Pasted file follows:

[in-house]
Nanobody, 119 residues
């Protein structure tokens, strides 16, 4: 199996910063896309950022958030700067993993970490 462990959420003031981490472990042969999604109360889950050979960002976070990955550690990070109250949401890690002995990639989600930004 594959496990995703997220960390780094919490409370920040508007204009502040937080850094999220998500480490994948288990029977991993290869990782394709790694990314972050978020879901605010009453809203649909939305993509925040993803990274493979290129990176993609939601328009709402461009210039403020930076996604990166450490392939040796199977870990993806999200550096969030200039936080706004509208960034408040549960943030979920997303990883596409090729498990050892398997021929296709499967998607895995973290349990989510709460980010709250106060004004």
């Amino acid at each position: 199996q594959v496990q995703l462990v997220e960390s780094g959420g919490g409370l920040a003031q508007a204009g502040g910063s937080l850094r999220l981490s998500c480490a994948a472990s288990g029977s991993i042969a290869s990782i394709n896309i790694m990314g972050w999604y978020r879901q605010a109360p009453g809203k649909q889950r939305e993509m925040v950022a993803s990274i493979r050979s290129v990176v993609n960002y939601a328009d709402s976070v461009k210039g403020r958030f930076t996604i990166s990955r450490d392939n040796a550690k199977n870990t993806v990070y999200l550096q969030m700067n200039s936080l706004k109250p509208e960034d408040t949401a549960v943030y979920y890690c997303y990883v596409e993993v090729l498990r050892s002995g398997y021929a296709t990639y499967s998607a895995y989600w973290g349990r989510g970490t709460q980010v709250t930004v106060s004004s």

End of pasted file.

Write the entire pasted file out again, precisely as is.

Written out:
[in-house]
Nanobody, 119 residues
């Protein structure tokens, strides 16, 4: 199996910063896309950022958030700067993993970490 462990959420003031981490472990042969999604109360889950050979960002976070990955550690990070109250949401890690002995990639989600930004 594959496990995703997220960390780094919490409370920040508007204009502040937080850094999220998500480490994948288990029977991993290869990782394709790694990314972050978020879901605010009453809203649909939305993509925040993803990274493979290129990176993609939601328009709402461009210039403020930076996604990166450490392939040796199977870990993806999200550096969030200039936080706004509208960034408040549960943030979920997303990883596409090729498990050892398997021929296709499967998607895995973290349990989510709460980010709250106060004004």
């Amino acid at each position: 199996q594959v496990q995703l462990v997220e960390s780094g959420g919490g409370l920040a003031q508007a204009g502040g910063s937080l850094r999220l981490s998500c480490a994948a472990s288990g029977s991993i042969a290869s990782i394709n896309i790694m990314g972050w999604y978020r879901q605010a109360p009453g809203k649909q889950r939305e993509m925040v950022a993803s990274i493979r050979s290129v990176v993609n960002y939601a328009d709402s976070v461009k210039g403020r958030f930076t996604i990166s990955r450490d392939n040796a550690k199977n870990t993806v990070y999200l550096q969030m700067n200039s936080l706004k109250p509208e960034d408040t949401a549960v943030y979920y890690c997303y990883v596409e993993v090729l498990r050892s002995g398997y021929a296709t990639y499967s998607a895995y989600w973290g349990r989510g970490t709460q980010v709250t930004v106060s004004s």